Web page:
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CHEERS :p
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funny thing I was just gonna start a similar thread. This morning my wife and I just bought a retired small scale comercial lobster boat....

It is older but has a newer motor and its wood covered in fiber glass..

there is no sleeping quaters just a small ( very small) cabin area that has a flush toilet

some of the windows are cracked and will need replacing but the motor started at the first turn of the key

it has several features that made it appealing.....
1) my uncle worked on this boat during the boats commercial time
2) the motor runs well
3) it has a 15 mile radar
4) it has a fish finder (was added recently)
5) it has a new never installed marine radio


the boat is 32 feet long and 11 feet wide the fuel capacity is 45 gallons

the rear deck area is large enough for our family tent to be put up and there is plenty of space to attach out gear on it


I will take pics of it soon as I forgot the camera when we went to look at it today.
 

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Our family is very lucky in that we have a large house built on over an acre of land direct water access at the end of the property. That access either leads us to a network of large rivers that flow into Chesapeake Bay and then the open ocean. Behind the house we have a jet ski, a 15 foot flat bottom Whaler, and an 18 foot Welcraft. These can be used to either get us out of dodge or can take us within minutes to our 44 foot Sea Ray at the Marina. If need be we can be in the open ocean within 10 minutes of launching the boat (they are docked up so launching only consists of starting them).
 

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Aquaholic
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i have a desalinator on my boat, a windmill generator, solar panels, and plan on a torpedo generator as a back up. My fuel tank holds 20 gallons of diesel, and I can easily put another 20 of both fuel and water on deck. As a precaution a simple redar detector alerts me to the presence and direction of anything large enough to be running radar in my vicinity (20 NM).
 

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CHEERS :p
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i have a desalinator on my boat, a windmill generator, solar panels, and plan on a torpedo generator as a back up. My fuel tank holds 20 gallons of diesel, and I can easily put another 20 of both fuel and water on deck. As a precaution a simple redar detector alerts me to the presence and direction of anything large enough to be running radar in my vicinity (20 NM).
the boat we just purchassed is gas but has a large capacity..

I like the idea of the energy sources, thanks, I didnt even think of it....mind you....I've been a large size boat owner for ummm...........4 or 5 hours lol.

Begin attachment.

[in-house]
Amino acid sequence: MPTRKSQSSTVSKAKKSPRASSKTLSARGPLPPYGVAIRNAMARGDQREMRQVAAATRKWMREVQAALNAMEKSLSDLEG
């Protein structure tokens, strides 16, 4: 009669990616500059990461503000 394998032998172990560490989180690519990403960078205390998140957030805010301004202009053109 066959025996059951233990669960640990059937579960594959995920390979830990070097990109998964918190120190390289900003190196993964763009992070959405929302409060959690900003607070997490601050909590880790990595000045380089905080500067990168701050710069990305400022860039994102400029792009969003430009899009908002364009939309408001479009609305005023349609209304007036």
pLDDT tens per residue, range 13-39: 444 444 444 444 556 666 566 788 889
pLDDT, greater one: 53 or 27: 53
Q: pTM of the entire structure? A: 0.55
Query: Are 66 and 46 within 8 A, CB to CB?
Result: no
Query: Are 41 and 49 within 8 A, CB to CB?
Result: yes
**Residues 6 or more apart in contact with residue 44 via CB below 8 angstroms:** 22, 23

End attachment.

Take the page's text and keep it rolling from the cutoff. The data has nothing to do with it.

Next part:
we,ve owned an aluminum boat with a 25 hp evenrude but this boat is by far the largest I've owned.

I bought it with a few things in mind.....
flee and evac vehicle...
taking the kids out fishing for cod or squid
taking family out when they come a vacation
 

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Mr. Sailfish
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In Miami a boat is your only option. There's only a few major roads out, and the place would be like Mogadishu within 48 hours if anything serious ever happened. I would not want to be stuck long-term in an urban survival situation in Miami.

All we've got is a 24ft. Dusky center console with a single 225hp two-stroke outboard on back. Its got 100 gallons combined in the main and reserve tanks. It makes decent speed in calm weather, and I can blast down Biscayne bay into Florida bay pretty quickly, or I could head out east and to sea. If the situation were bad enough I could make it to the Bahamas in most weather. It just wouldn't be smooth or fun, and everything had be pretty well waterproofed.

The Bahamas will probably be a one-way trip though without the ability to refuel. I'd have to think about it long and hard before I made the decision to commit to that one.
 

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Getting Ready
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the macgregor is nice looking and not a bad price, but then again I know nothing about sailboat prices.

i thing a bug out boat is a great idea. im a few mi from the sac river. but id prolly head to the mts a few miles away.

T
 

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boats

I've been looking into this as well.

One complication though is STORAGE if you're in a city.

Storing the boat in your garage will be impractical, because WTSHTF, you're not going to make it through traffic with your car/truck and boat trailer to even get it to the water. But storing it in a harbor may be a bad idea too, since it could get stolen WTSHTF.

Any thoughts on where to keep the bug out boat?